Of all the iconic matchups that his UConn Huskies have played in, all the championship games and Final Fours, it was a regular-season game in 1995 that serves as the most meaningful game in program history to the legendary coach.

When No. 1 Tennessee and No. 2 Connecticut met on Jan. 16, 1995, in Storrs, Connecticut, it was one of the pivotal moments in women’s sports history. ESPN executive Carl Stiff had conceived of scheduling the two best teams in the country in the middle of the regular season in a nationally televised matchup.

Stiff begged Summitt to travel to the bitter cold of Storrs on Martin Luther King Jr. Day for a 1 p.m. matchup in the middle of the SEC season. Summitt, whose biggest passion other than winning titles was helping to grow the women’s game, agreed. The game got a 1.0 rating, meaning one out of 100 households watching TV at the time were watching a women’s college basketball game.

“At 1 in the afternoon!” Stiff told me earlier this year. “You never saw that rating. It caught the attention, not only of ESPN, but of sports fans.”

For Auriemma, that 77-66 win – and the wins that followed in an undefeated 1995 season, capped off by the program’s first title – put UConn on the map. He called it Ali-Frazier, even if he attributes the success not to ESPN, but to another mass media publication.

“The biggest thing that helped us — and people talk about ESPN this and ESPN that and all that bullshit — that’s not what made us able to recruit everybody in the country,” Auriemma said. “There was a guy who was a former UConn student who now was writing for The New York Times, and he’d been writing for them for 40 years, and his name was Frank Litsky, and he came to a couple games covering the games. Next thing you know, he kept coming. If your game story is in The New York Times, they’re not just reading that in New York. They’re reading that in all parts of the world. That made us be able to say we can recruit a kid from California.”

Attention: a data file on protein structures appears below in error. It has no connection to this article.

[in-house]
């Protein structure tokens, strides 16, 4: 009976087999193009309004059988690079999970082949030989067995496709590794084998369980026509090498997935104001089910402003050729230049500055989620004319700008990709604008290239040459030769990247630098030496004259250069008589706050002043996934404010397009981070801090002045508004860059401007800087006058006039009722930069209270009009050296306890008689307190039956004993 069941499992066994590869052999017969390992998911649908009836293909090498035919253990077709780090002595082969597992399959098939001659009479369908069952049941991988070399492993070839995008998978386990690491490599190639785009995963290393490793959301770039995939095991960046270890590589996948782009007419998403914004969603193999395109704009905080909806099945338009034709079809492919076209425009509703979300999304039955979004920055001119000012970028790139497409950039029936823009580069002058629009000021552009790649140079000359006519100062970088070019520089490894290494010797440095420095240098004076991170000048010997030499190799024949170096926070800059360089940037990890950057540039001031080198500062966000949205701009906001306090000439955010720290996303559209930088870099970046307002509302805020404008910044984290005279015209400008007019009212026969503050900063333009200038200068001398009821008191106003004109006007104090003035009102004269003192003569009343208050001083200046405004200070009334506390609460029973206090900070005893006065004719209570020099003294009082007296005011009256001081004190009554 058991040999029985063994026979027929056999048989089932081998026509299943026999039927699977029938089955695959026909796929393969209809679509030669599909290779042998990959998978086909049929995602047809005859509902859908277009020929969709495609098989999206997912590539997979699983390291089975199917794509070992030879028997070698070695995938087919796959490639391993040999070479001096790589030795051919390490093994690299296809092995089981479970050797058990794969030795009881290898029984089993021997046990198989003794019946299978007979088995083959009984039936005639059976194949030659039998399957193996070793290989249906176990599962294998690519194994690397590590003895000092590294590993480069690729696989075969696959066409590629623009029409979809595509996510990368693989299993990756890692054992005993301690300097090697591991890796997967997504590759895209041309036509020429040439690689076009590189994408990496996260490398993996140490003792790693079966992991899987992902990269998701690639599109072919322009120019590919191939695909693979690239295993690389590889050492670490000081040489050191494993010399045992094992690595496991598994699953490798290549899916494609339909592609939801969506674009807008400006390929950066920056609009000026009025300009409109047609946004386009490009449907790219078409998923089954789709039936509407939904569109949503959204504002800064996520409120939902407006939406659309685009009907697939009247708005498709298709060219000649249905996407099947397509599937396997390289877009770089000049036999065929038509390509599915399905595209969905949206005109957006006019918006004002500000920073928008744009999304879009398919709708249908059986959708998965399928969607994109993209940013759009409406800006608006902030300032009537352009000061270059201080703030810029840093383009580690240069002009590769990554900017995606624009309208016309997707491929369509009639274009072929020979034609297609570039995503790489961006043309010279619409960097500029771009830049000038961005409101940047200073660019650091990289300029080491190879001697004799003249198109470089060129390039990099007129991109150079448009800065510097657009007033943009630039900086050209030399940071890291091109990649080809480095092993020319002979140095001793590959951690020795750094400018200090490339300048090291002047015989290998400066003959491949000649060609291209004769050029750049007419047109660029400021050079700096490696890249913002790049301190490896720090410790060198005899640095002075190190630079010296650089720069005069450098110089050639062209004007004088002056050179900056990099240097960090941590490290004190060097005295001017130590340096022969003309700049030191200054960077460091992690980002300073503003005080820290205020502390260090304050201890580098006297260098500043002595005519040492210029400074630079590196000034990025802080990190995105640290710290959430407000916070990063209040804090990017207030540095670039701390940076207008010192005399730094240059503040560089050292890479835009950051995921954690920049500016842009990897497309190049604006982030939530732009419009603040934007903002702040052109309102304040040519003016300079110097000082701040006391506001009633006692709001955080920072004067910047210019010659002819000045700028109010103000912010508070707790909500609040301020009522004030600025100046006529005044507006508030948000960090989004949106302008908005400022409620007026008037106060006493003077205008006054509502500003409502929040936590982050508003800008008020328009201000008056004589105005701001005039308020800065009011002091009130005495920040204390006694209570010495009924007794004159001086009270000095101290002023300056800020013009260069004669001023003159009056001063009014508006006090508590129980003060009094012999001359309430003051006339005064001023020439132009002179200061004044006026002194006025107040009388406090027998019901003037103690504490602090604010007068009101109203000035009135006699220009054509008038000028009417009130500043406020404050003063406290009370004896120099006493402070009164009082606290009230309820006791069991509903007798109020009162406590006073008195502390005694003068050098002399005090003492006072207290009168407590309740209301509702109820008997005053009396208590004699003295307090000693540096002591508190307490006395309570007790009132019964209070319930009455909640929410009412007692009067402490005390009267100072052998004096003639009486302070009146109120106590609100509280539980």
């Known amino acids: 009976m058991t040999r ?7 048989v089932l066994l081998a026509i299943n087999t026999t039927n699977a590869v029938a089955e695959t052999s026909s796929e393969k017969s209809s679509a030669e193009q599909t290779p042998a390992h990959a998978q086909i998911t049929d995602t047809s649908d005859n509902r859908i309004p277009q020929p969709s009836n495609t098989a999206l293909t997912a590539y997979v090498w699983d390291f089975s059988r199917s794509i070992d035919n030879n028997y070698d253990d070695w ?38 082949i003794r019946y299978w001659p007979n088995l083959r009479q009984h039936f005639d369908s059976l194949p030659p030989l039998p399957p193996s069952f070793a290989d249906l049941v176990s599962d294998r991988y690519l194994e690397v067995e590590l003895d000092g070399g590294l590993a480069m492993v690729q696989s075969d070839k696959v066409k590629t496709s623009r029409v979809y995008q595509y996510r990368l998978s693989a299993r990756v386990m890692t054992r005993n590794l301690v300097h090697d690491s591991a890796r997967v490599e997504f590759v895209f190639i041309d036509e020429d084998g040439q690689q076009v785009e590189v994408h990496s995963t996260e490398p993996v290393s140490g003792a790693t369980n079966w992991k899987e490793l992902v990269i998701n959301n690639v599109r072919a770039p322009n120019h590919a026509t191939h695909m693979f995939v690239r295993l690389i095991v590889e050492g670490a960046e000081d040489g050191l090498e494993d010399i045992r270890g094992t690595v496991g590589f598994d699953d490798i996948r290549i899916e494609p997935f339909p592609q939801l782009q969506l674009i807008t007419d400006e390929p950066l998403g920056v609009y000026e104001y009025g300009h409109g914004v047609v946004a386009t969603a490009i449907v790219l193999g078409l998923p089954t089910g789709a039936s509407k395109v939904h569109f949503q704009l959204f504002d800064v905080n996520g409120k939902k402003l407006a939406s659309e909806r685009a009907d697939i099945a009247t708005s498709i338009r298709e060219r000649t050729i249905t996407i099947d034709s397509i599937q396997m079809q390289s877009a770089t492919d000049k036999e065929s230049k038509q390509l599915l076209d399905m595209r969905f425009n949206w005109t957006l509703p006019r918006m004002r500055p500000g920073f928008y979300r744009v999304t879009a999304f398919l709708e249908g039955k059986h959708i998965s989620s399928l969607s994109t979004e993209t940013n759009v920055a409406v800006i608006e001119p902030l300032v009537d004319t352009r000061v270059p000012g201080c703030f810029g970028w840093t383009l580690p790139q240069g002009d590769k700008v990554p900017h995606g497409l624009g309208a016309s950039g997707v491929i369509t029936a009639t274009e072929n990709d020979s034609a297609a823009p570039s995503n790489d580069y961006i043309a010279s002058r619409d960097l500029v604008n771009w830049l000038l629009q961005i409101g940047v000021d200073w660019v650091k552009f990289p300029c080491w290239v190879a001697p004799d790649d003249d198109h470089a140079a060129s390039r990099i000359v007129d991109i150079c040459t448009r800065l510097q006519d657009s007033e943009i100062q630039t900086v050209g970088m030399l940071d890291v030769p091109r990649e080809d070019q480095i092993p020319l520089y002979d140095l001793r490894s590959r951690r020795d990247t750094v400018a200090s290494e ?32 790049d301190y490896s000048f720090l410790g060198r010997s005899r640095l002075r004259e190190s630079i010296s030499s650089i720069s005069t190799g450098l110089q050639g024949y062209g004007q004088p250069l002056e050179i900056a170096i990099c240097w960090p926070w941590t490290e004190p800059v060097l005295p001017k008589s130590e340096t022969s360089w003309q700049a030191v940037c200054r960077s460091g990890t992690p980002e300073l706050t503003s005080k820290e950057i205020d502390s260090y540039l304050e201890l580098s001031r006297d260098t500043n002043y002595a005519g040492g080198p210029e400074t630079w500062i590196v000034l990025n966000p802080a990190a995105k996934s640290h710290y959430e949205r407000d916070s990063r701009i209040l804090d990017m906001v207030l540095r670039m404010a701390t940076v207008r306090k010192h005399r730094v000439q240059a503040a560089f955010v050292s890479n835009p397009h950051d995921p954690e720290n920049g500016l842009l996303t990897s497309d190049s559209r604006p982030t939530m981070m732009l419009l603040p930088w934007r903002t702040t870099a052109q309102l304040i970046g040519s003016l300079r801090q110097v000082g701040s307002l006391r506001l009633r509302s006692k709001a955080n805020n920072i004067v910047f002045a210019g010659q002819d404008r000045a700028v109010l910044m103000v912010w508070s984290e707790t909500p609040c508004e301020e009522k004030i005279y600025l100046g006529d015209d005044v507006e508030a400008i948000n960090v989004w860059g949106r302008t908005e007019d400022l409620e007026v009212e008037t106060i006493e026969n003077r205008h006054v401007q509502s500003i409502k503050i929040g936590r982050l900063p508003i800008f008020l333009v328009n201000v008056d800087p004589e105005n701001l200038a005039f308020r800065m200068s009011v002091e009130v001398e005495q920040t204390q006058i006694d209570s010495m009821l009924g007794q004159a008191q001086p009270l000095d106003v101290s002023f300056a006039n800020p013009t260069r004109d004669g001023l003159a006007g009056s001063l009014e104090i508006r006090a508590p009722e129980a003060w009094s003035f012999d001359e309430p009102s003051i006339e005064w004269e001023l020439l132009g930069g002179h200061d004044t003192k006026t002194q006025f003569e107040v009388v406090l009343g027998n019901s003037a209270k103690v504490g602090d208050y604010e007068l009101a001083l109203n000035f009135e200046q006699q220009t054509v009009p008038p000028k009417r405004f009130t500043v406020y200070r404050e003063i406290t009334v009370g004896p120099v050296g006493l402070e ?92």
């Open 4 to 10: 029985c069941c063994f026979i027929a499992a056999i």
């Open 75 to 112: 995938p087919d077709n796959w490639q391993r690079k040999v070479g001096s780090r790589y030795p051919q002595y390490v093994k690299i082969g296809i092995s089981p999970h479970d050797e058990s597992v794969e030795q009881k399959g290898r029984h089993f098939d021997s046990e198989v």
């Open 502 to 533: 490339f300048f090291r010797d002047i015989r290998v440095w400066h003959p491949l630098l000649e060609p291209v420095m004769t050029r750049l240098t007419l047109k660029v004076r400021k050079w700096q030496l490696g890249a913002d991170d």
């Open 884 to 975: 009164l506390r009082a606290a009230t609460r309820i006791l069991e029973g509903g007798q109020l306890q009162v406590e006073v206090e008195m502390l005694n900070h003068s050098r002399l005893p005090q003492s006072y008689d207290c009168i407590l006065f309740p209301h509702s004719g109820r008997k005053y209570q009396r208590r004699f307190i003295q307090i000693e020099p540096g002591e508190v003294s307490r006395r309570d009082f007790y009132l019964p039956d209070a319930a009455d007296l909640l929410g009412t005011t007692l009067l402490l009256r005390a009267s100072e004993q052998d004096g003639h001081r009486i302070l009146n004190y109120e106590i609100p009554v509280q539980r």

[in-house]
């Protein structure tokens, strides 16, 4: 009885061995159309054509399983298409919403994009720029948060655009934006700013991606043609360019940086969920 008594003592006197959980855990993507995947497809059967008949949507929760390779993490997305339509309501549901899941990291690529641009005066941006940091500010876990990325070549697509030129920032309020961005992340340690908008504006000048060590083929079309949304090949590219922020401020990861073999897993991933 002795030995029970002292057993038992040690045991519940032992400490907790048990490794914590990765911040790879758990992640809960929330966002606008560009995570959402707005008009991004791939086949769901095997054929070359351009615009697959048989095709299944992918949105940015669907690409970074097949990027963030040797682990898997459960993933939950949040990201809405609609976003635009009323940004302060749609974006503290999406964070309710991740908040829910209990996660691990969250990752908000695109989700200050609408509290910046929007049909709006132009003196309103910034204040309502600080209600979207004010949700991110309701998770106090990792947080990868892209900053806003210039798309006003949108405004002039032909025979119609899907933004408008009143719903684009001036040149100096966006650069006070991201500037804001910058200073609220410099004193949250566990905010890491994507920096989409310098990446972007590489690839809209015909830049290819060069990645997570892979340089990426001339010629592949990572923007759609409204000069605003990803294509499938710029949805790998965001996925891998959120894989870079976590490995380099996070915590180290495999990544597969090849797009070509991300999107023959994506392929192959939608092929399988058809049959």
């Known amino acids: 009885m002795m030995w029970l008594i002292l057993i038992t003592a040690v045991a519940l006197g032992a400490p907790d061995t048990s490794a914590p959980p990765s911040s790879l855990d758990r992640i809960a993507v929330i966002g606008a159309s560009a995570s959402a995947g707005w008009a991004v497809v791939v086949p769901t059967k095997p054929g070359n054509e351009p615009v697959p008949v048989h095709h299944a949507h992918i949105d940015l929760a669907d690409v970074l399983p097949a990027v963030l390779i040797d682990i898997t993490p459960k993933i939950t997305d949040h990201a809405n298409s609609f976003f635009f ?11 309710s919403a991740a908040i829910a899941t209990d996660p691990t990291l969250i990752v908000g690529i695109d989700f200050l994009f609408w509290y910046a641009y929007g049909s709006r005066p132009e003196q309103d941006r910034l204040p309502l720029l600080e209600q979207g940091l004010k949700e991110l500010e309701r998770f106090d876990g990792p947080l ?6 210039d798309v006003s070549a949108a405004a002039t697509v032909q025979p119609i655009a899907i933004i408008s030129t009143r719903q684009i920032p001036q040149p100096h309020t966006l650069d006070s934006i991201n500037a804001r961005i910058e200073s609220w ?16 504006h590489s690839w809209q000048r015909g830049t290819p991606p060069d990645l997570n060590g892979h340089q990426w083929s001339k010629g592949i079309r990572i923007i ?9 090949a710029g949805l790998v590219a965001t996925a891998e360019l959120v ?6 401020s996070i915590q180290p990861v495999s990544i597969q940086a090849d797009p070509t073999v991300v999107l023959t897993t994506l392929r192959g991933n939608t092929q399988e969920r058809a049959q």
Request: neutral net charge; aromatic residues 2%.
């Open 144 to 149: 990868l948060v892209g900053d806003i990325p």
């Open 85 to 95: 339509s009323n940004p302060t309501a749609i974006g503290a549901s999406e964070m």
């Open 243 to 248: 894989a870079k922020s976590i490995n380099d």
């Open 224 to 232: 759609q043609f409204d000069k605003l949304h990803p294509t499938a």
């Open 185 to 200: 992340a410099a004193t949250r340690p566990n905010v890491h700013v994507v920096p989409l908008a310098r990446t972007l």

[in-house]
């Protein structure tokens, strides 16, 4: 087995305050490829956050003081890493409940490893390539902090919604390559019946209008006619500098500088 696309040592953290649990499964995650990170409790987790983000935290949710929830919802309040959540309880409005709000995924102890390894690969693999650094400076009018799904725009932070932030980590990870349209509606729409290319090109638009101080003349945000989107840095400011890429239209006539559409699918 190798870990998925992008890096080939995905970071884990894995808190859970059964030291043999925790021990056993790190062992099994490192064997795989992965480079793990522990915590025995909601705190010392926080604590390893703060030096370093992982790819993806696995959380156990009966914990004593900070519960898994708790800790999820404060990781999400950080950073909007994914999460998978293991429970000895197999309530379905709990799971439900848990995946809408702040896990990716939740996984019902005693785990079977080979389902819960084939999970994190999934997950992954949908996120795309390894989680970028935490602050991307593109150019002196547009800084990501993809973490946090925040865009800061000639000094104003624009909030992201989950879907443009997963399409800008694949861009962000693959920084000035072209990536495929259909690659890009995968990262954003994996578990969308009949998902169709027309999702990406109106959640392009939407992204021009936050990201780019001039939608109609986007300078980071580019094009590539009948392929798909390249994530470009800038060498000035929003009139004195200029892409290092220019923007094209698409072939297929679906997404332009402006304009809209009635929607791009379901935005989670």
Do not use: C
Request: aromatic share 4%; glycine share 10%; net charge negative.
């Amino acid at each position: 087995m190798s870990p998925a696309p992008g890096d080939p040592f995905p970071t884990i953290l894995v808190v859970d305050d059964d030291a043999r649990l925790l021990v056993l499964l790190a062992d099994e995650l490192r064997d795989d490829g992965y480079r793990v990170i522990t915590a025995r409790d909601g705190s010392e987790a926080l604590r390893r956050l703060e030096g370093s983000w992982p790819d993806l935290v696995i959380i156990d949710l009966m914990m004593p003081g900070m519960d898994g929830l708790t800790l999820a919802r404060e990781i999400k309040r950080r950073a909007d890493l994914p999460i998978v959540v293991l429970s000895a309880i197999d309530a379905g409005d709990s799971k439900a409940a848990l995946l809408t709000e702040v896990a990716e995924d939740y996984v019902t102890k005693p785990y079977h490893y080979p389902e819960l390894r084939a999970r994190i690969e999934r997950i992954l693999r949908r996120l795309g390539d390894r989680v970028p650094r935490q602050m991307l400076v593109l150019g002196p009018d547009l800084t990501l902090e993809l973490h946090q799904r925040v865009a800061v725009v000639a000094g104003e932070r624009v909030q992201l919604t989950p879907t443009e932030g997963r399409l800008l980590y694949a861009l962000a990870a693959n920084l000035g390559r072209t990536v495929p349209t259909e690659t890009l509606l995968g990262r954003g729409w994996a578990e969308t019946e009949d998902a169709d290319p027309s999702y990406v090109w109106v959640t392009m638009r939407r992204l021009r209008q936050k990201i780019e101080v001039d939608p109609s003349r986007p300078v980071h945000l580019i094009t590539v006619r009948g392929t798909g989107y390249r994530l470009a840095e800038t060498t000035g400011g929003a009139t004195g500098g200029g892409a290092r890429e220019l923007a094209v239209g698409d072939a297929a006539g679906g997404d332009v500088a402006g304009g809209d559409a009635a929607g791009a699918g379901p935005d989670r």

Now, 27 years later, No. 1 will again travel to No. 2, with Dawn Staley visiting her old pal Tara VanDerveer in a heated matchup as interest in the women’s college game is soaring.

“I think that we’re all thinking this for the greater good of the game,” Staley told The Mercury News’ Alex Simon. “This generates a lot of publicity. It generates a lot of buzz. It puts us on a platform to be seen by the rest of women’s basketball teams, programs, fans, bands, and everybody that just enjoys watching basketball. I know everybody’s been in a football mode, but it kind of jump-shocks you, to know it’s basketball season, and there’s a space for the basketball enthusiast to see a quality basketball game.”

Jones hopes this game attracts new fans on campus, particularly non-basketball fans.

“We have so many national championship caliber programs on this campus; we fangirl over these different teams. We see them working day in, day out. They’re just not getting the love for it. I want people to come watch a sport they’ve never seen. With Title IX, we’ve made so much progress, but there’s so much room to grow. During our COVID season, we talked so much about being happy with what we have, and with Title IX, I am so grateful.

“But I’m not satisfied for the future generations to come after me. There’s still work to be done.”